Art What! Arts National Gallery Singapore Visual Art

Art What!: ‘Living Pictures – Photography in Southeast Asia’ at National Gallery Singapore

What’s in a photo? When taking a photo, how conscious are we of the way that we pose, of the way the lighting hits our face, or of how much we include or exclude from the frame? When we upload a picture to social media, how are we curating our feed, and what exactly are we trying to subtly hint or imply with that post to our followers?

Those are questions that may lie in the contemporary consciousness, but in fact, have been a concern since the emergence of photography itself. And that is precisely what will be explored in National Gallery Singapore’s latest exhibition, Living Pictures: Photography in Southeast Asia, the first-ever comprehensive look at photography in the region across 150 years, as it traces how the art form has evolved over time, particularly with regards to the relationship between the photographer, subject and audience.

Miti Ruangkritya. Detail of Thai Politics no. 2, vol. 1. 2010. Found photograph. Collection of the artist.

Running at the Singtel Special Exhibition Galleries for 9 months, from 2nd December 2022 to 20th August 2023, over 300 works from the mid-19th century until the present will be on display, representing a variety of photographers and artists from across the region. Structured chronologically, the exhibition traces how photography first came to Southeast Asia, and the evolving functions and influences of the form as its role shifts and shapes our historical narratives and perspectives.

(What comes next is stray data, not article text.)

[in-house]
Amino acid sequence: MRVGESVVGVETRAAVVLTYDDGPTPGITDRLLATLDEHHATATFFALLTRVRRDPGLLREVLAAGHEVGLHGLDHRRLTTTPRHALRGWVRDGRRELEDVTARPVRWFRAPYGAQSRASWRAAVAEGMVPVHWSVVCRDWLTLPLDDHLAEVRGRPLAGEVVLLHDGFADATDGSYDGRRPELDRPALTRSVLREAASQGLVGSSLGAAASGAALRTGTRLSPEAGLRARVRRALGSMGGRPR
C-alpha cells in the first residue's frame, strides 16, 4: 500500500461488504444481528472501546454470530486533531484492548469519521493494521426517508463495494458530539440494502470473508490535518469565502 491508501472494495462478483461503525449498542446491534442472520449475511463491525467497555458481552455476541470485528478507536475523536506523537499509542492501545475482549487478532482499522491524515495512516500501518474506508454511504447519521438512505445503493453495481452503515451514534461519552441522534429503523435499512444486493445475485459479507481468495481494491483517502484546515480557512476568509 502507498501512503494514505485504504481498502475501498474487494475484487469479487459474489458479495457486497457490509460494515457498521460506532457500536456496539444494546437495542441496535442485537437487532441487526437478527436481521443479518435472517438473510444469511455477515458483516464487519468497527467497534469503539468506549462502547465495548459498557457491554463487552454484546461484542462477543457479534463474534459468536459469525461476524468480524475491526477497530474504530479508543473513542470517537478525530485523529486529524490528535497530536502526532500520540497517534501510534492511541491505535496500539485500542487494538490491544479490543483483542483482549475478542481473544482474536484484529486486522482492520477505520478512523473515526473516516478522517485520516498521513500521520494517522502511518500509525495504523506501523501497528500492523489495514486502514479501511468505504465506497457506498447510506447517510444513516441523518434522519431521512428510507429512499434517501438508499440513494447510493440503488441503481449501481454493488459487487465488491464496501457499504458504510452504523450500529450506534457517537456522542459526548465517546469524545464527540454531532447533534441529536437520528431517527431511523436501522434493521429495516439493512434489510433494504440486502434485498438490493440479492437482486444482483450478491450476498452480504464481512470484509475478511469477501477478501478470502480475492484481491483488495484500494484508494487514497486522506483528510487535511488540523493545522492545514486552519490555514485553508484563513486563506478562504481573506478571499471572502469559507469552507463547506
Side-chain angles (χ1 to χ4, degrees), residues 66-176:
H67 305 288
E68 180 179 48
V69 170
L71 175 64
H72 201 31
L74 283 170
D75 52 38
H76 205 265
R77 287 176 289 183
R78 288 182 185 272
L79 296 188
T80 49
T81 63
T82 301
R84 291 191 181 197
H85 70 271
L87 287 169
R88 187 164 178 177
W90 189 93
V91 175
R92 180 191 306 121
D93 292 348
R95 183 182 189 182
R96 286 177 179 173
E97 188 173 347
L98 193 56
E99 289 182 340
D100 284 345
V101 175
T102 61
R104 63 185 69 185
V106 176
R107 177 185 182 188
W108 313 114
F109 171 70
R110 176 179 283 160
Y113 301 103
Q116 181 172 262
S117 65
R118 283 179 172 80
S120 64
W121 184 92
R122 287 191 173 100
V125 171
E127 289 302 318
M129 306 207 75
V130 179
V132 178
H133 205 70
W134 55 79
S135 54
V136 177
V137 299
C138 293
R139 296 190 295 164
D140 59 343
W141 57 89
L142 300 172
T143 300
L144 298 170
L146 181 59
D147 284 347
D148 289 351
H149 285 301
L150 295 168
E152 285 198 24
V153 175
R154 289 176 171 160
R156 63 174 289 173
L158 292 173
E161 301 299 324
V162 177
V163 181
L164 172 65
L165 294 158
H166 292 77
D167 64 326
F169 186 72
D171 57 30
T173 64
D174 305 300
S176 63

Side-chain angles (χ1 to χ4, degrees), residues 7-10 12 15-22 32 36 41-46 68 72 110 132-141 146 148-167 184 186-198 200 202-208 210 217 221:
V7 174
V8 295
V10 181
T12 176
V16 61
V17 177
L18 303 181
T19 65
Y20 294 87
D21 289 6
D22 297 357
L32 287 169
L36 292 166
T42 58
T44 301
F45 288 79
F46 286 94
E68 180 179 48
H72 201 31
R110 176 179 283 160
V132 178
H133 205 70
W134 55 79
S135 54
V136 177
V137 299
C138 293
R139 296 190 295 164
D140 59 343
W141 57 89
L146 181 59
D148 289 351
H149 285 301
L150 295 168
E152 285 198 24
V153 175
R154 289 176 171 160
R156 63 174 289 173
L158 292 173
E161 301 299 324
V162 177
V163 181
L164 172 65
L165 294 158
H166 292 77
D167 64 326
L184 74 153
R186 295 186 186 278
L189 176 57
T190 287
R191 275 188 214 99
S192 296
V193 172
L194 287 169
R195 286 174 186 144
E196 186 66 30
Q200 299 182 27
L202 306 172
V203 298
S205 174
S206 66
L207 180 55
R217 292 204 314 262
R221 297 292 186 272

“The Gallery is proud to be presenting the groundbreaking exhibition which delves into the history of photography in the region, to prompt greater contemplation of our histories, narratives, and identity,” says Dr. Eugene Tan, Director of National Gallery Singapore. “Living Pictures is a pivotal exhibition, not just for the Gallery as a museum dedicated to modern Southeast Asian art, but also for greater scholarship on our region. We hope this exhibition intrigues visitors to view the exhibition, surprises with unexpected displays of photography and presents fresh perspectives of photography as a visual storytelling medium.”

Sectioned into five thematic spaces at Singtel Special Exhibition Gallery and on Instagram, Living Pictures features a rich selection of works, from colonial images, studio portraits and documentary photography to photo albums, photos meant for social media and works with modern interventions.

G.R. Lambert & Co. Harbour View. Late 1890s. Albumen print on paper, 21 × 27 cm. Collection of National Museum of Singapore, National Heritage Board, Singapore.

The exhibition begins with photography’s early arrival in Southeast Asia, starting with a series of European photographers’ depictions of Southeast Asia, and taking on a clear colonial slant. Many of these images were circulated in books and as postcards and were also used to promote tourism and investment, often putting Southeast Asia in a positive light that showcased its rich natural resources and avoiding the less savoury elements. In addition to physical photos, visitors to the exhibition may swipe across interactive screens to “flip” through digital versions of photo albums on display, while also listening to oral histories of each piece.

 As cameras became more accessible worldwide, photographic production shifted from Europeans to photographic studios run by Southeast Asian, Chinese, Japanese, South Asian and other photographers. This led to an increased number of locals taking photos, with the rise of commissioned photographs used to mark special occasions.